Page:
Furthermore, even leaders of more successful companies such as Apple let their rightly earned compensation go back to the company rather than their coffers; Steve Jobs was well noted to earn a $1/year salary from 1997 until his death in 2011. Eric Schmidt, Larry Page and Sergey Brin of Google have done likewise, living off of their company stock options and perks rather than drawing a massive paycheck from the company. After a tough year in 2009, Jen Hsun-Huang of NVIDIA, along with his entire board, nobly decided to take $1/year salaries rather than lay off employees.
Limit the branding
There are Martha Stewart PetSmart goods, Martha Stewart branded KB homes and Martha Stewart Home Depot paint and patio furniture. More recently, there are Martha Stewart branded Avery products for the home office. There is even a Martha Stewart branded toilet bowl cleaner "that leaves your toilet sparkling."
Granted, merchandising did help MSO realize a profitable year in 2007. However, there have been concerns that the Martha Stewart name has been overbranded and thus diluted. Furthermore, overbranding has led to partner companies stepping on each other's toes; for example, when Martha Stewart Living Omnimedia formed a partnership with J.C. Penney (NYSE: JCP), Macy's sued, stating that the partnership violated Macy's exclusive rights to sell Martha Stewart products.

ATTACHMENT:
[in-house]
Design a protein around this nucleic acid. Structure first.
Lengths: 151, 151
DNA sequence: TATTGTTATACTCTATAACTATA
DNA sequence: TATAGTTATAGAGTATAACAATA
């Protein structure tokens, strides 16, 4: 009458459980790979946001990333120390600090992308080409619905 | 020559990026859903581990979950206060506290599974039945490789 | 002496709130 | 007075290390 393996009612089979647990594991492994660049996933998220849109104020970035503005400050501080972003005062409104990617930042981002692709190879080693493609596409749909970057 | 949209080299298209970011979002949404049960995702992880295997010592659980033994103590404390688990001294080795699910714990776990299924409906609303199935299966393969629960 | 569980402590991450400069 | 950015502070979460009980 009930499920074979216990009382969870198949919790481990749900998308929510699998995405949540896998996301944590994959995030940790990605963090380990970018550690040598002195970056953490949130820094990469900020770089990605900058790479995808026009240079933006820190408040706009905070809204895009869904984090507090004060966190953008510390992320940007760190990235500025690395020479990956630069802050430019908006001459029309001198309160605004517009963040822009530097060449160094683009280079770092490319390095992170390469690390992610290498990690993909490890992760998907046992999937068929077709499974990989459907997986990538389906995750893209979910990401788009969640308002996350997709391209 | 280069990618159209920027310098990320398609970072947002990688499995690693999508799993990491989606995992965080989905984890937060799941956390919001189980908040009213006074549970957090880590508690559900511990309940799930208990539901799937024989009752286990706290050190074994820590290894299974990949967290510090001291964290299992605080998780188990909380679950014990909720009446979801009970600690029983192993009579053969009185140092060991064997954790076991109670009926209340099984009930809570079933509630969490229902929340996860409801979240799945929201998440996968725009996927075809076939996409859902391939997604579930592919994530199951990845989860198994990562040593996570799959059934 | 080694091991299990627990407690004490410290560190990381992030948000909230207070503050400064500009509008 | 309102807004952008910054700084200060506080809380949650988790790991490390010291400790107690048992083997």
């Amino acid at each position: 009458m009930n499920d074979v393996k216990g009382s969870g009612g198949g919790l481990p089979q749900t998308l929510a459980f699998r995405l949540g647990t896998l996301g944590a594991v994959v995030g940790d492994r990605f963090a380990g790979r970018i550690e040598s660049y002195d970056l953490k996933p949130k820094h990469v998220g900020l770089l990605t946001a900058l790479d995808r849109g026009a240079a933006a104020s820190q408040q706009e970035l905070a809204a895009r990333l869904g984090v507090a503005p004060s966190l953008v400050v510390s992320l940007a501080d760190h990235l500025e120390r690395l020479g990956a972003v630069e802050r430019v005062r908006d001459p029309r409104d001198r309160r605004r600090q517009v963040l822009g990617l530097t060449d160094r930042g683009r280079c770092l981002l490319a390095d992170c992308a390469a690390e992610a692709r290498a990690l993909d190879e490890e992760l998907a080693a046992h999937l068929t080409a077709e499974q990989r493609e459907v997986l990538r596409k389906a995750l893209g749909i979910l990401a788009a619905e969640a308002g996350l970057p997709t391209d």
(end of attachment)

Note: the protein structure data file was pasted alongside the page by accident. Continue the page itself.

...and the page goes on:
Fortunately for both Martha and J.C. Penney, Judge Jeffrey Oing declined to rule against the partnership, saying it would hinder J.C. Penney from conducting business. While the latest court decision is a clear win for Martha Stewart Living Omnimedia, it's also a good indicator that there is a limit to merchandising. Rather than going nuts and licensing everything from vitamins to clothing to financial services (all MSO marketing duds, by the way), MSO should focus on marketing and promoting a select array of products in defined categories. Likewise, the company could look into making its very own unique products without the aid of a partner, thus enhancing profit margins.
Get in touch with economic reality